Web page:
Buy a Mug for a Healthcare Worker


  • Gift a Mug in Prune to Healthcare Workers at Mission Hospital
  • We'll donate 100% of the proceeds to Vecinos, a non-profit in Western North Carolina medical clinic providing physical and mental health services to farmworkers 
  • Please note: this item is a fundraiser! You are not purchasing this mug for yourself. It will not be shipped to you!
  • YOU WILL NOT BE CHARGED SHIPPING; estimated shipping fee will disappear at checkout

We believe that everyone, regardless of documentation status, should have access to medical care, and hope you’ll join us in supporting our vecinos by gifting a Mug to a Healthcare Worker while supporting healthcare services for Farm Workers and our Latinx Community. Vecinos is a free clinic serving uninsured and underinsured patients working on farms. Their ability to carry out their mission has been heavily impacted by this global pandemic, as their clinic—housed on the Western Carolina University campus—is currently closed by mandate. This fundraiser will support their efforts to provide telehealth services to their community and to hire a caseworker to help their patients navigate the current healthcare crisis. 

Your $25 will be donated directly to Vecinos, and the Mug you purchased will be gifted to healthcare workers at Mission Hospital—our neighbors!—as a thank you for their work. 


"Did you know that farm labor ranks as one of the top three most dangerous occupations in the country and farmworkers suffer from incredible occupational risks, disproportionate general health issues, and extreme barriers to care. Agriculture is NC’s leading industry, yet farmworkers are some of the most underserved in the state.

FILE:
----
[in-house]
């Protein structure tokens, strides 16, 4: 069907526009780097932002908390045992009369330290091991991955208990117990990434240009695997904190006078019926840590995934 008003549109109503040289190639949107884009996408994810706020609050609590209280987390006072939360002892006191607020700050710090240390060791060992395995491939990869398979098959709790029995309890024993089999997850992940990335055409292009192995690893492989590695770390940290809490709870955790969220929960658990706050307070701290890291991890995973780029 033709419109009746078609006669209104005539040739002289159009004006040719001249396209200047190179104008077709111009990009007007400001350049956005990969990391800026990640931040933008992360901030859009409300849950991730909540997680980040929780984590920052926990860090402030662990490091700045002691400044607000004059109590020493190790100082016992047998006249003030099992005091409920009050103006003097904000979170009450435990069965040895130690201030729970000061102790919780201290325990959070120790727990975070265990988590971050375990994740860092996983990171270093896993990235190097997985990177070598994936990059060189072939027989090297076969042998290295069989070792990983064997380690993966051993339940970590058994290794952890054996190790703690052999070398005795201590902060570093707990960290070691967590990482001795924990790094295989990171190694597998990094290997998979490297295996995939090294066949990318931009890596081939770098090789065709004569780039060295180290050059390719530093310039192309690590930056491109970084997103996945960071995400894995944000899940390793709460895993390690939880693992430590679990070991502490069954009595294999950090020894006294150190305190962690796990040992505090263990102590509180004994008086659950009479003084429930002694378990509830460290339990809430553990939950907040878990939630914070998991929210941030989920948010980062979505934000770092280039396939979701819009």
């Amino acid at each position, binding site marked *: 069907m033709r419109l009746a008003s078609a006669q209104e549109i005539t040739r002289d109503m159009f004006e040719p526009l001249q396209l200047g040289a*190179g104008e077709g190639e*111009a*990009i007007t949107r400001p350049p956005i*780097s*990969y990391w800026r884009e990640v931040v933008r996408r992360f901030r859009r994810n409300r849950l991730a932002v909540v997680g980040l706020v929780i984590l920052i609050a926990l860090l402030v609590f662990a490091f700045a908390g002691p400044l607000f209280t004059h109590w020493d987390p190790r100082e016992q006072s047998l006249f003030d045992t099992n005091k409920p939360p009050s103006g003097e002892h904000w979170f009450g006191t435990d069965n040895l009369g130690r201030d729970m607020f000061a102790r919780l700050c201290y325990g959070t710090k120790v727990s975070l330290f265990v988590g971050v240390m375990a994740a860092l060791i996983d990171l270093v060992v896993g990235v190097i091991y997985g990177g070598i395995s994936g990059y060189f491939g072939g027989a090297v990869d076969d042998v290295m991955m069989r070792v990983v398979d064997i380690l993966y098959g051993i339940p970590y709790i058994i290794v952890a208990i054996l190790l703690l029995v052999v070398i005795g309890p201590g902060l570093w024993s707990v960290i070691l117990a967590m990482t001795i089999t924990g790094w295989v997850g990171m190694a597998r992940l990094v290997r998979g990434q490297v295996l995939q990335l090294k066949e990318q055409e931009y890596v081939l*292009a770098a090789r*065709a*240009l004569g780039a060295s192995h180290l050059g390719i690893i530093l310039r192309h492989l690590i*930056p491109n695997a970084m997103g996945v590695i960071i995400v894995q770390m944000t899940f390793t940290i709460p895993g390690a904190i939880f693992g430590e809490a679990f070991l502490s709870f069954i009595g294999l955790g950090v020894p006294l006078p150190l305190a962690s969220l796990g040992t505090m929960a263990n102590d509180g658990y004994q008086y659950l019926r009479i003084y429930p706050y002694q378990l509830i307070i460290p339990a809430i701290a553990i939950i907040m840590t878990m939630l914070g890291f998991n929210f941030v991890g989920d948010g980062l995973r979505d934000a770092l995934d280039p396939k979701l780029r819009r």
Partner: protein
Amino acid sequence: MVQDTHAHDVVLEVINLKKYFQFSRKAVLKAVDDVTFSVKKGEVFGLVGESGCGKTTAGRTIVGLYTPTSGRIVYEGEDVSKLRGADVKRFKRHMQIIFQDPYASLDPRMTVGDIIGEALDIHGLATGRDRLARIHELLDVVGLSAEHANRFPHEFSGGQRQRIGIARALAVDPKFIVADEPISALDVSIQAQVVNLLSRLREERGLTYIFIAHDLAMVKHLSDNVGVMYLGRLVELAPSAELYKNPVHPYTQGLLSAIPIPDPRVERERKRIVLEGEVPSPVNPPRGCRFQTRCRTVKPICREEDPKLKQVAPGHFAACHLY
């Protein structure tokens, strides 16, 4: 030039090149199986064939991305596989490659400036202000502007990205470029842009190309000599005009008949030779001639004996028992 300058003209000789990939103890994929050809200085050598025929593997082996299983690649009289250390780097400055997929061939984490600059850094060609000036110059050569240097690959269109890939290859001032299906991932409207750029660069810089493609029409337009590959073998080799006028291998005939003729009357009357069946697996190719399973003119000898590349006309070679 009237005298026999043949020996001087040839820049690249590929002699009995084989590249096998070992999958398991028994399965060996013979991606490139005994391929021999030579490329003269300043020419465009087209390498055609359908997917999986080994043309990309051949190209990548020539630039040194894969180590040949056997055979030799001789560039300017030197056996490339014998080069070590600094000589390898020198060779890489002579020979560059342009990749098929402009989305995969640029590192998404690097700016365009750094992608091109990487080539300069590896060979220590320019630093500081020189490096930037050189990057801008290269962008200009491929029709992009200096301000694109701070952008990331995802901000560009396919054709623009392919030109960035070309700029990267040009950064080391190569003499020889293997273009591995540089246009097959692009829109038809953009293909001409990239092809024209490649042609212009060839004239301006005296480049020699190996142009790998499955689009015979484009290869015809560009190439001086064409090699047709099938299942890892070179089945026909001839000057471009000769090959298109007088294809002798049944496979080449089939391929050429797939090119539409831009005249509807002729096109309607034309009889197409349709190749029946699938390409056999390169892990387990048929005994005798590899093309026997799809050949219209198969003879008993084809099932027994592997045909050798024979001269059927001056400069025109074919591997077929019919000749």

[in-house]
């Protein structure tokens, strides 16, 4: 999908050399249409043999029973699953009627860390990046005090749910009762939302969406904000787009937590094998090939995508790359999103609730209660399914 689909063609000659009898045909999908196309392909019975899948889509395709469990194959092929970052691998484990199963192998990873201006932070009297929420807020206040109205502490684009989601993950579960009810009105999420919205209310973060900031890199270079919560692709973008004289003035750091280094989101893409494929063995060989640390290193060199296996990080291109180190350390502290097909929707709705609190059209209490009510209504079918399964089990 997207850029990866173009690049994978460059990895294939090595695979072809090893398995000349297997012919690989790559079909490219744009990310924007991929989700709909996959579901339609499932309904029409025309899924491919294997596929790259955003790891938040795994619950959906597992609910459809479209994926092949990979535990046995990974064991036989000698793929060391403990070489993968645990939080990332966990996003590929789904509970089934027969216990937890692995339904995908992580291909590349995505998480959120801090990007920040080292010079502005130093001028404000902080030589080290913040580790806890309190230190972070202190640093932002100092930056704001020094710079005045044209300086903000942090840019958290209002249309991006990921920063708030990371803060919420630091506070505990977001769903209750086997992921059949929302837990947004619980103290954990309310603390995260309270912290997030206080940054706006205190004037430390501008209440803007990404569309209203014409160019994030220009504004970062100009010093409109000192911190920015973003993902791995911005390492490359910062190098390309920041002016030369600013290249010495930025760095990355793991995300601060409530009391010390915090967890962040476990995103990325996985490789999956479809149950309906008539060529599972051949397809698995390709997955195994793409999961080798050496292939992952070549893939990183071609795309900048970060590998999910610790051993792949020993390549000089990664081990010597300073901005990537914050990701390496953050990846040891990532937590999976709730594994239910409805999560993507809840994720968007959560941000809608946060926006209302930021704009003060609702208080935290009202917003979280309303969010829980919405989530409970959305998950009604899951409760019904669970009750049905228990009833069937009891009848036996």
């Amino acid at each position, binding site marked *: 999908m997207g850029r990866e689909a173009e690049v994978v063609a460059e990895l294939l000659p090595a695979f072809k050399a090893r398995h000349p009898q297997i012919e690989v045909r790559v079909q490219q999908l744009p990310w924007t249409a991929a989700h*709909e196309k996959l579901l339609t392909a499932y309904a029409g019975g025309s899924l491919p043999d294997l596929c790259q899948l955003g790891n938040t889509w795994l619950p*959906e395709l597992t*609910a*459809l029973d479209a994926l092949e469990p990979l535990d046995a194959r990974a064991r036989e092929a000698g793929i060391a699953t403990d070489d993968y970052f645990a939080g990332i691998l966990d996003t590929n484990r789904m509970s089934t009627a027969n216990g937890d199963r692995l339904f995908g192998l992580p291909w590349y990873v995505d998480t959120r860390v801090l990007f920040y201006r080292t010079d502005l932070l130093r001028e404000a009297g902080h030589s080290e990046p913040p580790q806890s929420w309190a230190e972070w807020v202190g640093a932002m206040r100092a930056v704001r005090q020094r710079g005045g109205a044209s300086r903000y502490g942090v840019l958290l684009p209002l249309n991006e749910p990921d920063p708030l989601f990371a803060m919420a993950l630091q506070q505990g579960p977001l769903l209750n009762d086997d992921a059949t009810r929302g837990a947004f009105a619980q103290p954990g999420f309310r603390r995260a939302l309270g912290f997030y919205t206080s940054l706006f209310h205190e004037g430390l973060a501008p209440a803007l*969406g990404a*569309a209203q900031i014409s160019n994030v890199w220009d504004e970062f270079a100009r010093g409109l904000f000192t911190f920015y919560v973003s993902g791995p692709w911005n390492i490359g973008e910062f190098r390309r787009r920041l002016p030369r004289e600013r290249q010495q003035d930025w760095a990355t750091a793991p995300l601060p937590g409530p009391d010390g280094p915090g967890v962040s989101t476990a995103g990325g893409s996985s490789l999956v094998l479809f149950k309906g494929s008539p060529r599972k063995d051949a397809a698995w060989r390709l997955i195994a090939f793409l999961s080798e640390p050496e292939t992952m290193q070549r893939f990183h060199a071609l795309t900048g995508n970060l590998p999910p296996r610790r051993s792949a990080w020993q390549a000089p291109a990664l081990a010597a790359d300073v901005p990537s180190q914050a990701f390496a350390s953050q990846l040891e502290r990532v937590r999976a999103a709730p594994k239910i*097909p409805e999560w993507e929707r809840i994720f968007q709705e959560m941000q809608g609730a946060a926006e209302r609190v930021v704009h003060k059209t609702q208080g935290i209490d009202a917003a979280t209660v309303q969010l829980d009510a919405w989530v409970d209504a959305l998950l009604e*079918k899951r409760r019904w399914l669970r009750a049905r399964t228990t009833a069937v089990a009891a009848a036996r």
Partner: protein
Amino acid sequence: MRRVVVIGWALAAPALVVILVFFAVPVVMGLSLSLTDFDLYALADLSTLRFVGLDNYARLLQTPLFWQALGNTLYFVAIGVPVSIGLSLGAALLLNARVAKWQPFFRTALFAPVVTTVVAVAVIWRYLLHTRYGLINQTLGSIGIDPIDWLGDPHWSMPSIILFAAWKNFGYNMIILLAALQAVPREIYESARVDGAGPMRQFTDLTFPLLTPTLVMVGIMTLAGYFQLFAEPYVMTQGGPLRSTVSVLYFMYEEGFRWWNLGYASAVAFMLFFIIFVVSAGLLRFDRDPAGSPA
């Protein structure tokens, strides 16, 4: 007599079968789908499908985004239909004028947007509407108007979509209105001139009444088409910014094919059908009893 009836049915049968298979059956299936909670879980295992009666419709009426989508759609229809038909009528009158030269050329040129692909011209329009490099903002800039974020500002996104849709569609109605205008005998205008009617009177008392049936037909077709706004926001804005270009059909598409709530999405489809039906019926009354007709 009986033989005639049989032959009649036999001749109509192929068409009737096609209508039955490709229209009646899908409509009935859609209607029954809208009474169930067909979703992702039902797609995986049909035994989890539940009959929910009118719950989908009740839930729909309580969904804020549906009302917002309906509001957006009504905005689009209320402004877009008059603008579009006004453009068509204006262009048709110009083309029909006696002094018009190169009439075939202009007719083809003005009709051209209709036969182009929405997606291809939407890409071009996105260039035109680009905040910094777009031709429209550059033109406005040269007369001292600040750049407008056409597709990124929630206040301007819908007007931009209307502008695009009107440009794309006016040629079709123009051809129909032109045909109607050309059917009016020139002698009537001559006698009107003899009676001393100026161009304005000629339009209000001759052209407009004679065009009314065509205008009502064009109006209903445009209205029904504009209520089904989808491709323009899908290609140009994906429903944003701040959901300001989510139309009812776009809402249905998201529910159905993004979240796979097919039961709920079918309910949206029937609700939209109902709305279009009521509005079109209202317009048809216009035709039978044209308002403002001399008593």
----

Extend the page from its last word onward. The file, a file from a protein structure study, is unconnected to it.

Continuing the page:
Vecinos believes that access to health care is a basic human right, but due to our geographic isolation, lack of public transportation, and institutional and social discrimination, many farmworkers and their families do not enjoy that right."

Everyone Deserves Healthcare

Farmers Feed Us

Agricultural labor is extremely dangerous and health conditions on farms and in labor camp housing put people at risk for disease and injury.  There is no working from home when you labor in fields, keeping fresh fruits and vegetables in grocery stores and on our tables. North Carolina Health and Human Services recommend that farm owners and managers encourage social distancing but maintaining six feet of separation is impossible for the majority of farmworkers, who live in shared sleeping quarters, kitchens, and bathrooms in housing provided by growers. When asked about what health protocol would be put in place for farm laborers during the pandemic, Lee Wicker, director of the North Carolina Growers Association, said there was none

Disparities in our System

Healthcare disparities will be especially evident on America’s farms, where the product of immigrant labor has been deemed essential, but the people producing the food we eat are treated as disposable. While farmers are required to continue laboring for low wages to keep grocery stores full for panic-shoppers, most will be left out of the Coronavirus relief bill. In North Carolina, even beneficiaries of the DACA program are not able to receive the federal cash payment offered to the rest of the country, or access expanded unemployment benefits